Introducing some of the ‘new Irish’ running in this year’s local elections

“If you look at our Dáil or our Seanad - there is no person who looks like me."
Robert Kindregan
Robert Kindregan

21.18 14 May 2024

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Introducing some of the ‘new I...

Introducing some of the ‘new Irish’ running in this year’s local elections

Robert Kindregan
Robert Kindregan

21.18 14 May 2024

Share this article

Some 69 people who were born outside of Ireland are confirmed to be running in this year’s local elections so far, according to the Immigrant Council of Ireland.

On The Hard Shoulder today, Newstalk’s Josh Crosbie caught up with some of the so-called ‘new Irish’ candidates to see why they decided to run and how their campaigns are going.

Josh said it’s already the “most diverse election” this country has seen to date.


First up, he travelled to Greystones to meet with Labour Party candidate Anne Waithira Burke who moved to Ireland 20 years ago from Kenya.

Ms Burke said she decided to run as she couldn’t wait for other people to make the changes she believes are needed in Ireland.

“I started thinking I was ready to be the voice and be at the forefront of change,” she said.

“If you look at our Dáil, our Seanad, there is no person who looks like me.

“Even within my own area, I’m the only black person who is running.”

Online abuse

She said running in the local elections has made her a target of online trolls.

“When I announced I was running online I was told to ‘go back on my banana boat’ and asked ‘what does a monkey want to do in Ireland,’ and things like that," said Ms Burke.

“It’s all online and I’m not the only one getting it.

“A lot of things are blamed on immigration in Ireland and we need to dispel those myths and stereotypes because they’re not true.”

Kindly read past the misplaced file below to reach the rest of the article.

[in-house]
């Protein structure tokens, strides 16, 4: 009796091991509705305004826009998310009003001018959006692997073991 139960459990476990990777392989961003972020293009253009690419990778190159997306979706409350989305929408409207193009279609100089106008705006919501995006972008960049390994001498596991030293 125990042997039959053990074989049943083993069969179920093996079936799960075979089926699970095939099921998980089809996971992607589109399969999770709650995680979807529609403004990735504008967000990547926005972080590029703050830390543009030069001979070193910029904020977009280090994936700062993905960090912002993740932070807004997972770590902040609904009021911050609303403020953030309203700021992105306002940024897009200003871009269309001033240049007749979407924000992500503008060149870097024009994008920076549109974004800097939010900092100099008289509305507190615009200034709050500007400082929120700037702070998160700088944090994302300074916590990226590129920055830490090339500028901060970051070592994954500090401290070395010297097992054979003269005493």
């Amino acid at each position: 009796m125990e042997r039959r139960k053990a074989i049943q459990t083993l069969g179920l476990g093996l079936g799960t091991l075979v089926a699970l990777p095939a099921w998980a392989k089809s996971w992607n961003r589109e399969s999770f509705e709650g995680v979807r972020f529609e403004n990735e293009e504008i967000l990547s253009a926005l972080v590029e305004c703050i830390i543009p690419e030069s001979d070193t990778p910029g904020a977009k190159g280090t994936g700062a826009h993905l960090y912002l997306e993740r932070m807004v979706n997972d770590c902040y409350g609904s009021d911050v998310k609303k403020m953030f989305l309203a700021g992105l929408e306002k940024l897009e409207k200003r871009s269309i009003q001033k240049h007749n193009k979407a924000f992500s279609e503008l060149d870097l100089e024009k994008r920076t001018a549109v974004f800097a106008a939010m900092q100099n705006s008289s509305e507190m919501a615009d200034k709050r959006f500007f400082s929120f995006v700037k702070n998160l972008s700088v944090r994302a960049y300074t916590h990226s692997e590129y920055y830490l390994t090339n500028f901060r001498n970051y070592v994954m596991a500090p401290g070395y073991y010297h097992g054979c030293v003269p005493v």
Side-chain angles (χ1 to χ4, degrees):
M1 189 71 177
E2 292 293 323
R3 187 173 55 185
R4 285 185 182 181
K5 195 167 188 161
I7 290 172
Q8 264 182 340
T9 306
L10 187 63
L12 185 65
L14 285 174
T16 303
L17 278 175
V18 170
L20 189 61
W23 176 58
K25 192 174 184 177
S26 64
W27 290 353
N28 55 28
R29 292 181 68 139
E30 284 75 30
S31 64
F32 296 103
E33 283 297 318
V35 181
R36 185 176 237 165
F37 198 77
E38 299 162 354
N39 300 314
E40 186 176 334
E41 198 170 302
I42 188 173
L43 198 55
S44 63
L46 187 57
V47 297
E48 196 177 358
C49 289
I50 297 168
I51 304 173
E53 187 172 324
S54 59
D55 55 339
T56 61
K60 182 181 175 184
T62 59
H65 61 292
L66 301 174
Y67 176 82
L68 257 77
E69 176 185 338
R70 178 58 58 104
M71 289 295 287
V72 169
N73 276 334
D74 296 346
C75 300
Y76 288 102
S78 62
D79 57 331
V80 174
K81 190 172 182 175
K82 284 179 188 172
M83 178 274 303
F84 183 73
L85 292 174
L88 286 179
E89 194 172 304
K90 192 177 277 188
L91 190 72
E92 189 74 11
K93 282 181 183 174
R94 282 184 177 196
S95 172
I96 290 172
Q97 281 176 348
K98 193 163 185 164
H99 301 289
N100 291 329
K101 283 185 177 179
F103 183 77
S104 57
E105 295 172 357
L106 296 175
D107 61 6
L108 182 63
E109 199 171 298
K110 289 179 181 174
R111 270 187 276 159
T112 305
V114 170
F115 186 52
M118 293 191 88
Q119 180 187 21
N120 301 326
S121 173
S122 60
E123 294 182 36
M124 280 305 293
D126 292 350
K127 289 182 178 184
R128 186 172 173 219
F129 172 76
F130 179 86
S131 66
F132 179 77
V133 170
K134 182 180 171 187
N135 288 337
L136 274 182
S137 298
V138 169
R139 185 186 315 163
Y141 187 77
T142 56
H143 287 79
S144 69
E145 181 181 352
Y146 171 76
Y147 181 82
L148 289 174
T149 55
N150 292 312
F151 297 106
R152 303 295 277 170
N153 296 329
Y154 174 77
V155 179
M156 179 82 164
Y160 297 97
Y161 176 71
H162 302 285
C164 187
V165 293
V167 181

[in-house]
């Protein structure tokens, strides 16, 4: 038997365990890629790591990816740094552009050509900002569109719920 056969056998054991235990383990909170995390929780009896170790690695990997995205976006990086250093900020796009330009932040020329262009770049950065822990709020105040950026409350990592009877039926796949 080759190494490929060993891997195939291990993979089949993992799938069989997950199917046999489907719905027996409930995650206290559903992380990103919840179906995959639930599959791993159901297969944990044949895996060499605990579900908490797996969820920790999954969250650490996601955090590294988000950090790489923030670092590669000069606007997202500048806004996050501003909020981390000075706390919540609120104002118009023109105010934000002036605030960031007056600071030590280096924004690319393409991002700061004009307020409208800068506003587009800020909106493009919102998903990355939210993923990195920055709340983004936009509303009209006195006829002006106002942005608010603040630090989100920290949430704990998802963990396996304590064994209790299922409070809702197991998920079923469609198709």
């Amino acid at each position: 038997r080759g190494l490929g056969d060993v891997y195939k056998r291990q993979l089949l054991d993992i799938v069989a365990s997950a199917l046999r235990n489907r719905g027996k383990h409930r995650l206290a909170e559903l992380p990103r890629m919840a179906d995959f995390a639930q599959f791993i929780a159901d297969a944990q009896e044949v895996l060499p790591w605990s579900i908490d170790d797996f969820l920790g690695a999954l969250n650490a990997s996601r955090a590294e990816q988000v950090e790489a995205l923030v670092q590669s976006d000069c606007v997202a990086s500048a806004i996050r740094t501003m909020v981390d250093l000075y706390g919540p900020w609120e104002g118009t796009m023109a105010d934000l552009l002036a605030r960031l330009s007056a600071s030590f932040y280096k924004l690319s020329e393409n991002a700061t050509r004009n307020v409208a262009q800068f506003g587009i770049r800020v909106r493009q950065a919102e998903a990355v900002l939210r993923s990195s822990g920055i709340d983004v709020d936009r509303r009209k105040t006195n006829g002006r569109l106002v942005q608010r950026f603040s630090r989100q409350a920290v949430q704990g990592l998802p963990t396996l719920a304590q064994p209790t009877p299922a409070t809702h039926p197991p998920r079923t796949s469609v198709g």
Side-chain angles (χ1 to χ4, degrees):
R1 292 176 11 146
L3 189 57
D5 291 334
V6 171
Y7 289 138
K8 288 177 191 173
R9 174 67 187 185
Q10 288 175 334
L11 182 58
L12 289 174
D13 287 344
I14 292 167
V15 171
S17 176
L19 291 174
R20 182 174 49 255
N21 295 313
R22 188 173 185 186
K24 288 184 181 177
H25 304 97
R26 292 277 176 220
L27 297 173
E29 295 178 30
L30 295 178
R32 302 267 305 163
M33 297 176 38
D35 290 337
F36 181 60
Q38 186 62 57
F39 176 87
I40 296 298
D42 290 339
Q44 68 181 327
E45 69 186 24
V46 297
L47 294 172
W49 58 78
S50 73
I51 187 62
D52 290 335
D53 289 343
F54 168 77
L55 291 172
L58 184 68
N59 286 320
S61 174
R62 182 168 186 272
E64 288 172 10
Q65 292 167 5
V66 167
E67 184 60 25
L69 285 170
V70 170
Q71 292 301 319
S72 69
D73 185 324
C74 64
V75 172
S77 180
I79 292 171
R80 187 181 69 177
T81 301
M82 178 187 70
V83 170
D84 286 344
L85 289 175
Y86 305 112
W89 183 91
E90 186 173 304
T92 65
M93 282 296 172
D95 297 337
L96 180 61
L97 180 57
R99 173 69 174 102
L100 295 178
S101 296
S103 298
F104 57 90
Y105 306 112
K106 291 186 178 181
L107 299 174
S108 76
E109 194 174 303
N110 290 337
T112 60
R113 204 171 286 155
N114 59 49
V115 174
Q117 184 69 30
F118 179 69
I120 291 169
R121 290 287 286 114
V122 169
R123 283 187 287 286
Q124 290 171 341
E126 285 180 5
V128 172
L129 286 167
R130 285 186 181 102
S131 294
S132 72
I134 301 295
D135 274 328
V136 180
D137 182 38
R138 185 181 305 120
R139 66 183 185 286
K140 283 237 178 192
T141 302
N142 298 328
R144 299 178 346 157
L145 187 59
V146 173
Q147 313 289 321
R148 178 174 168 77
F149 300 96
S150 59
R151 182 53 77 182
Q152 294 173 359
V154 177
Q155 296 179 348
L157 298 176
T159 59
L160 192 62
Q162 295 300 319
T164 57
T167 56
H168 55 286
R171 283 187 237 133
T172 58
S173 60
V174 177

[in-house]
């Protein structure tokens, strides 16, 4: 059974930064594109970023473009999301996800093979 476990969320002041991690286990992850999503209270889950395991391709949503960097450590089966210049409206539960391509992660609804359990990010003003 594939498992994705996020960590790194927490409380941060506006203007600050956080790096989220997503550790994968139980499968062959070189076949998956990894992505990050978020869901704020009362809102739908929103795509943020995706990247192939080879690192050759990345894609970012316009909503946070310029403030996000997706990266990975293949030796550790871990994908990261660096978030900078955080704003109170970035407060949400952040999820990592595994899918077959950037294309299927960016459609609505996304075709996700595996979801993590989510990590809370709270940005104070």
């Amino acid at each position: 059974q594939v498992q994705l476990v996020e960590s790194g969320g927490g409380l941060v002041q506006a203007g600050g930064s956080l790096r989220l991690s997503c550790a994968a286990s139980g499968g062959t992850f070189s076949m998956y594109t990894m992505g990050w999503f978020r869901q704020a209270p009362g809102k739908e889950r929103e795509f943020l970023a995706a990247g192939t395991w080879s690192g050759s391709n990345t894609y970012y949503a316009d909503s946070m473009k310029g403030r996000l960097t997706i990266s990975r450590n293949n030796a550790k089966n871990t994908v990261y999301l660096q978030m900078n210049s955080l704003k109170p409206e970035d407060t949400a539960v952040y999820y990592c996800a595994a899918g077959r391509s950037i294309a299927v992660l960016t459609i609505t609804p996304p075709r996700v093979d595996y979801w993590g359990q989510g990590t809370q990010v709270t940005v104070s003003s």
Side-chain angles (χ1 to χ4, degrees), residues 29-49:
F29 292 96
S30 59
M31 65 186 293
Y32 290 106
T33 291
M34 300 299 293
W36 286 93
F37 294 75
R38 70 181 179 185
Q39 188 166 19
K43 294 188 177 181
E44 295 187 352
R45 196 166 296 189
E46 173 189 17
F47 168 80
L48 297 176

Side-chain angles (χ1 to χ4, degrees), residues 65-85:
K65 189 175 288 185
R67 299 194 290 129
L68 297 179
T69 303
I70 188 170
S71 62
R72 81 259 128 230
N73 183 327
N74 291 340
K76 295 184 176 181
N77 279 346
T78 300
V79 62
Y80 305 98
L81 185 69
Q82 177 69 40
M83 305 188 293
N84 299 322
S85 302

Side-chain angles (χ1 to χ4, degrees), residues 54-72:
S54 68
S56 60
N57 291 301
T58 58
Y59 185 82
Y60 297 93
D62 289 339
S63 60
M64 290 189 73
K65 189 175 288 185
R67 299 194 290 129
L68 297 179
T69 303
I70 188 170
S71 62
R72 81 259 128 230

Anne Waithira Burke. Image: Facebook

Fianna Fáil’s Navan candidate Kashif Ali moved from Pakistan to Ireland in 2006 and said he would prioritise housing and transport links if elected to Meath County Council on June 7th.

“The community in Navan has given me and my family quite a lot,” he said.

“An opportunity came along and I was asked to do this role and said, ‘Yeah, why not - it’s about time young people get involved’.

“Young people are essential to the next generation because we need to have a voice for the problems we’re facing at the minute.”

The 27-year-old, who once played minor football with Meath, said he’s “never experienced racism at all” in Ireland.

“I like to think as a family we’ve contributed a lot to the country,” he said.

“I consider myself to be an Irish man and people like me need to stand up and have our voices heard.”

'Unity in the community'

In Killarney, Josh spoke to independent candidate Natalia Krasnenkova who arrived in Ireland as a refugee from Ukraine two years ago.

She said her election slogan is ‘unity in the community’ and hopes to help employers fill job vacancies in Kerry if elected.

“It’s my commitment to the people who will vote for me,” she said.


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Ms Krasnenkova said her campaign doesn’t have the same resources as other candidates in the area.

“I haven’t spent that much money,” she said.

“I will spend €100 to nominate myself and I will spend about €300 for posters and leaflets – that’s all.

“I don’t pay for advertisements, I do canvassing by myself and I organise my social media by myself.”

Some 53 ‘new Irish’ candidates ran in the 2019 local elections with just nine acquiring a seat.

You can listen back here:

Main image: A local election count centre in 2019. Photo: Sam Boal/ 

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